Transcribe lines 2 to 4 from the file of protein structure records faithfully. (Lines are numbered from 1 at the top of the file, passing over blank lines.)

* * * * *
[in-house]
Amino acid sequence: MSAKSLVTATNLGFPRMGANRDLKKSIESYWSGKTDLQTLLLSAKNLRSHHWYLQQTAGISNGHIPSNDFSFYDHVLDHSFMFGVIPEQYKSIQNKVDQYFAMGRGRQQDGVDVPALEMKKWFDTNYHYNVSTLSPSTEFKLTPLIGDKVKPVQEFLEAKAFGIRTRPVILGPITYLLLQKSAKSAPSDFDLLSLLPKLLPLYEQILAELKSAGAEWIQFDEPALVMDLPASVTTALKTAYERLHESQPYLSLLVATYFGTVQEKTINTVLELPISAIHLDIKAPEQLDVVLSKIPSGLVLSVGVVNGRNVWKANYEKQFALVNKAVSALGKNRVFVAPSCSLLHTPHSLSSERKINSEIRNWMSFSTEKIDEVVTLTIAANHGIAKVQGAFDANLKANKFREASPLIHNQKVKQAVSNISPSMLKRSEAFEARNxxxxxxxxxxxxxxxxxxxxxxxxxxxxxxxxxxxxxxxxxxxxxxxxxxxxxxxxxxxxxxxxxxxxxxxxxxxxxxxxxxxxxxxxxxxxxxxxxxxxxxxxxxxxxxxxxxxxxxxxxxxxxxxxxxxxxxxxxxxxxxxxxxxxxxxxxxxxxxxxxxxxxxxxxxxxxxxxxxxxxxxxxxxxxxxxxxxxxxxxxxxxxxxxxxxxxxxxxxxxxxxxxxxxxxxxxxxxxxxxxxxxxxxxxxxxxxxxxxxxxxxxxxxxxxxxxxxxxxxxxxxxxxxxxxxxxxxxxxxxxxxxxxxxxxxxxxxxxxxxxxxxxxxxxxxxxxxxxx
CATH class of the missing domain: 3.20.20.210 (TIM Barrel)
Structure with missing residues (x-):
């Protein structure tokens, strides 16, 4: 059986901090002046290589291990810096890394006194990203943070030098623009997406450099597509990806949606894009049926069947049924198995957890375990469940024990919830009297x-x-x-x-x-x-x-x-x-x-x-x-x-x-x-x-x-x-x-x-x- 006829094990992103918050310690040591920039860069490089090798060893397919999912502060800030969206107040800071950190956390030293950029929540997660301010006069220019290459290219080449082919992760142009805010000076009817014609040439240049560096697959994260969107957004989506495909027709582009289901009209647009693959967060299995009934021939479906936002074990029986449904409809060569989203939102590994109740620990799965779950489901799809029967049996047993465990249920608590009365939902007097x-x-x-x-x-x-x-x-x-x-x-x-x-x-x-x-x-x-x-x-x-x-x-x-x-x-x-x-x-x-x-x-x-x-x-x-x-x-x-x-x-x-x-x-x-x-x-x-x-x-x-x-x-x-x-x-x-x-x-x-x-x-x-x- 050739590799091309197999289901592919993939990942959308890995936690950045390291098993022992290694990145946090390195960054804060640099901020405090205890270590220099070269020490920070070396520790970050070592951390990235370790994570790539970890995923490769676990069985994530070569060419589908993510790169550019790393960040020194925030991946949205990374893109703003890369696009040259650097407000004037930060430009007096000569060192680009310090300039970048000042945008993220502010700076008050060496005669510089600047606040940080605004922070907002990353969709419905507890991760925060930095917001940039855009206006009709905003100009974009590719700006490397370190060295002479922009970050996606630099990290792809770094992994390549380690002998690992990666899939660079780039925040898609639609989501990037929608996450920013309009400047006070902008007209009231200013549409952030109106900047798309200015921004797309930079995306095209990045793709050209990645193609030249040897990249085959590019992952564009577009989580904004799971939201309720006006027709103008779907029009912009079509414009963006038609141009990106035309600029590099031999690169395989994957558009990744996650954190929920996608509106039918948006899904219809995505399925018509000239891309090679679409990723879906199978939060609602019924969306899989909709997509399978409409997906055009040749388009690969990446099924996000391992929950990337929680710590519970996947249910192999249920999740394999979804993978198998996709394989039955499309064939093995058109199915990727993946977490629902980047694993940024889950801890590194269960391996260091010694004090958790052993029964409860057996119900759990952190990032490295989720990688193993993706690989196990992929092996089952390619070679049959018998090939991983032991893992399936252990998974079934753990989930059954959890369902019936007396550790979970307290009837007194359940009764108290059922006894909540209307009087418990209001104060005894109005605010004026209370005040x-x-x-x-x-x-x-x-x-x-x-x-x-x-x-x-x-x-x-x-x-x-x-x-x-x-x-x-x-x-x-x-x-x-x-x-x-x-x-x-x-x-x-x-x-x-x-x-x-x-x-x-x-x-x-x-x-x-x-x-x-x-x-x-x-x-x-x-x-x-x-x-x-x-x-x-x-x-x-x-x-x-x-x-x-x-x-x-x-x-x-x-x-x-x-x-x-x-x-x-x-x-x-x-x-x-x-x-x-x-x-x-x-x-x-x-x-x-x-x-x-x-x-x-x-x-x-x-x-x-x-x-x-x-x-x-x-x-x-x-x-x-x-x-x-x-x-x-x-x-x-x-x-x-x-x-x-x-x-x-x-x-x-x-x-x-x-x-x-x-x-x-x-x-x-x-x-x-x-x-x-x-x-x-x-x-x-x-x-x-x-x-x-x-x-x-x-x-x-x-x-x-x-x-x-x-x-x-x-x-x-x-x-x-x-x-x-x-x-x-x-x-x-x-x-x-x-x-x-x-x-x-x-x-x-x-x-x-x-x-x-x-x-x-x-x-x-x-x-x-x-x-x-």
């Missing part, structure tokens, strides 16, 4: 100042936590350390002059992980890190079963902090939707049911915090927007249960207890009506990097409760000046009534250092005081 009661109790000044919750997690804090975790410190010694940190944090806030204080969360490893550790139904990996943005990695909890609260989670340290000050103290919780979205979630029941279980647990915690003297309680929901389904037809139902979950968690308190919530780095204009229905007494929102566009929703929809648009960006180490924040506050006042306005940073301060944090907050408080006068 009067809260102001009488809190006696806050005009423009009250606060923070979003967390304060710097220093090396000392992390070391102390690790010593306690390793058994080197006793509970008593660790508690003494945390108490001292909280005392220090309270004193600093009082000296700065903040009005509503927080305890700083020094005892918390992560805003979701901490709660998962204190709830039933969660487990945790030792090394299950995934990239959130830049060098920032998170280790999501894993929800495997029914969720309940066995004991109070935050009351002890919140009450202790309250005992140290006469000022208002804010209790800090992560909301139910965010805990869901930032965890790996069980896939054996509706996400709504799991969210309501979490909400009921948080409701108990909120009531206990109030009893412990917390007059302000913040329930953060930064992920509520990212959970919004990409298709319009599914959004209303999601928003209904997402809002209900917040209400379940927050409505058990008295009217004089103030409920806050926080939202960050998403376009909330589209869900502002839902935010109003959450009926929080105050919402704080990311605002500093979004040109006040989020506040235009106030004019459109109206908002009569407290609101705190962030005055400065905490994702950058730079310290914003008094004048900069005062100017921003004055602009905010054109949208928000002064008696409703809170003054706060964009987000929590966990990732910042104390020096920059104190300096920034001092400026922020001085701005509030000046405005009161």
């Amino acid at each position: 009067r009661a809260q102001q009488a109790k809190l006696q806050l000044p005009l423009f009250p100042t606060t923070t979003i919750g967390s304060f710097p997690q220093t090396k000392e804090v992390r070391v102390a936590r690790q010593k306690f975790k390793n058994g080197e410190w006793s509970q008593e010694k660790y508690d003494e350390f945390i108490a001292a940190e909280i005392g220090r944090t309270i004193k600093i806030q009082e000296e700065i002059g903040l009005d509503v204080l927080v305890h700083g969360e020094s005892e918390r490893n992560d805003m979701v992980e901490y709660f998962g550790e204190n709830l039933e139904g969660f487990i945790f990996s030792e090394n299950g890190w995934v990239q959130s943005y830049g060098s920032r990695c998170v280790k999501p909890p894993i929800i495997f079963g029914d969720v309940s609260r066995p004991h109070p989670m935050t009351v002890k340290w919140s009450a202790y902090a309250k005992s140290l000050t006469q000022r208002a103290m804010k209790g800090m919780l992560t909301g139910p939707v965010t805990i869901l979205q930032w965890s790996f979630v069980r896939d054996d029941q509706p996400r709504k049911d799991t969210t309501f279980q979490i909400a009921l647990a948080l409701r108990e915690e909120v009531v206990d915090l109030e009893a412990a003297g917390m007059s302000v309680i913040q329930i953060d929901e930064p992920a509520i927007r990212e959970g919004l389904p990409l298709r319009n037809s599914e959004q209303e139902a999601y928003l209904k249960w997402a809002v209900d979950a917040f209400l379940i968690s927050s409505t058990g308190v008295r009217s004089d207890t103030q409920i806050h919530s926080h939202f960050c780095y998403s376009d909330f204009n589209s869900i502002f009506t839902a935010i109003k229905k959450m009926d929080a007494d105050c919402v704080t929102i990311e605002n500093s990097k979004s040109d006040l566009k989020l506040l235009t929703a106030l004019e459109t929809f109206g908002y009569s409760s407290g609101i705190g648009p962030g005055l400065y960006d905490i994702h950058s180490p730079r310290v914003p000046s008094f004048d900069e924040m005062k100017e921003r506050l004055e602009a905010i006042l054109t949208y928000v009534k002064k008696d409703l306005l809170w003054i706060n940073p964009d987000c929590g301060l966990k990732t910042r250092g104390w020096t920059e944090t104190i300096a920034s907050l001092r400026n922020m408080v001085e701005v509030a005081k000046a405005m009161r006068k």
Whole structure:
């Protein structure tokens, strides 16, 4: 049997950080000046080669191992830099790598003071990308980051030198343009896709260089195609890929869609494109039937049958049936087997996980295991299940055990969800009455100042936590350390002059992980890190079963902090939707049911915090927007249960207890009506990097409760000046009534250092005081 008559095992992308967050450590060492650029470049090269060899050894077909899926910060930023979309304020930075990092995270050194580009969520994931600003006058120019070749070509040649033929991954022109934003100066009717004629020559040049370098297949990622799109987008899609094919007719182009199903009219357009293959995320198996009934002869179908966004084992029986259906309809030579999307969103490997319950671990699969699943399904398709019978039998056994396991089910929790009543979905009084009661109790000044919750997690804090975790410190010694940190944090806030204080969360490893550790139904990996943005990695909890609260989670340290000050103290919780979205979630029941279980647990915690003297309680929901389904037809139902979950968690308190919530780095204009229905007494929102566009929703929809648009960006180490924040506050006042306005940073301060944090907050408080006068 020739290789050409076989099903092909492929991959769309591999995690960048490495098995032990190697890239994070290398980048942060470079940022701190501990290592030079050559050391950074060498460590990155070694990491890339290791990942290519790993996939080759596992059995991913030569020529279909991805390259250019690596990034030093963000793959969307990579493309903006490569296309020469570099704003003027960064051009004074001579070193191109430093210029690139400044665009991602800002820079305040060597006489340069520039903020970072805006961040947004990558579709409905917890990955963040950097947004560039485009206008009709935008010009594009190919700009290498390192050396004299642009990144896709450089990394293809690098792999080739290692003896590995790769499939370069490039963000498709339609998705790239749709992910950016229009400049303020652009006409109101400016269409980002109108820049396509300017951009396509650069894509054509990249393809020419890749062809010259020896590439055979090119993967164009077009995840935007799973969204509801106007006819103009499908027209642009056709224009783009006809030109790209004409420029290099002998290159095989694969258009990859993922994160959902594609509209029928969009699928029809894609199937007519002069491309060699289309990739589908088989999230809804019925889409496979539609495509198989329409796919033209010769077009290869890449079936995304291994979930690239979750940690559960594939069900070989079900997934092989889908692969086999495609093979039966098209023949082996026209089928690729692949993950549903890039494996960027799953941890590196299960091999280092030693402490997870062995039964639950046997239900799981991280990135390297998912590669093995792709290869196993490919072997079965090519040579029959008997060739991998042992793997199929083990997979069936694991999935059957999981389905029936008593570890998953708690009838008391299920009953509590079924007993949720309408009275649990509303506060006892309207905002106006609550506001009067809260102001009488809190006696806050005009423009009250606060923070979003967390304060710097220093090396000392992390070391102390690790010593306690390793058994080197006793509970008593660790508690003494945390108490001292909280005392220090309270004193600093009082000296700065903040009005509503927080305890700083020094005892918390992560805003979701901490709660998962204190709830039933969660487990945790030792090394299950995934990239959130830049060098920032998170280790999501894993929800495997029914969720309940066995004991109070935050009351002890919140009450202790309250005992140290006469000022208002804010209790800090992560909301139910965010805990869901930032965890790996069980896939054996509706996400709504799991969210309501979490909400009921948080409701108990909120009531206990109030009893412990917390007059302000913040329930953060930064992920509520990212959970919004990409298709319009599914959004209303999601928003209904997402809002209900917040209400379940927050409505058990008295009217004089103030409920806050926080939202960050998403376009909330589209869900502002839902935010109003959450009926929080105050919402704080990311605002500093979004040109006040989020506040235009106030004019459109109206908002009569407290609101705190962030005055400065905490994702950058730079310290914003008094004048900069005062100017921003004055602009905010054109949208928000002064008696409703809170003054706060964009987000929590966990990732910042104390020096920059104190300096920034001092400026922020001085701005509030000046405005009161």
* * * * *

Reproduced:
Amino acid sequence: MSAKSLVTATNLGFPRMGANRDLKKSIESYWSGKTDLQTLLLSAKNLRSHHWYLQQTAGISNGHIPSNDFSFYDHVLDHSFMFGVIPEQYKSIQNKVDQYFAMGRGRQQDGVDVPALEMKKWFDTNYHYNVSTLSPSTEFKLTPLIGDKVKPVQEFLEAKAFGIRTRPVILGPITYLLLQKSAKSAPSDFDLLSLLPKLLPLYEQILAELKSAGAEWIQFDEPALVMDLPASVTTALKTAYERLHESQPYLSLLVATYFGTVQEKTINTVLELPISAIHLDIKAPEQLDVVLSKIPSGLVLSVGVVNGRNVWKANYEKQFALVNKAVSALGKNRVFVAPSCSLLHTPHSLSSERKINSEIRNWMSFSTEKIDEVVTLTIAANHGIAKVQGAFDANLKANKFREASPLIHNQKVKQAVSNISPSMLKRSEAFEARNxxxxxxxxxxxxxxxxxxxxxxxxxxxxxxxxxxxxxxxxxxxxxxxxxxxxxxxxxxxxxxxxxxxxxxxxxxxxxxxxxxxxxxxxxxxxxxxxxxxxxxxxxxxxxxxxxxxxxxxxxxxxxxxxxxxxxxxxxxxxxxxxxxxxxxxxxxxxxxxxxxxxxxxxxxxxxxxxxxxxxxxxxxxxxxxxxxxxxxxxxxxxxxxxxxxxxxxxxxxxxxxxxxxxxxxxxxxxxxxxxxxxxxxxxxxxxxxxxxxxxxxxxxxxxxxxxxxxxxxxxxxxxxxxxxxxxxxxxxxxxxxxxxxxxxxxxxxxxxxxxxxxxxxxxxxxxxxxxx
CATH class of the missing domain: 3.20.20.210 (TIM Barrel)
Structure with missing residues (x-):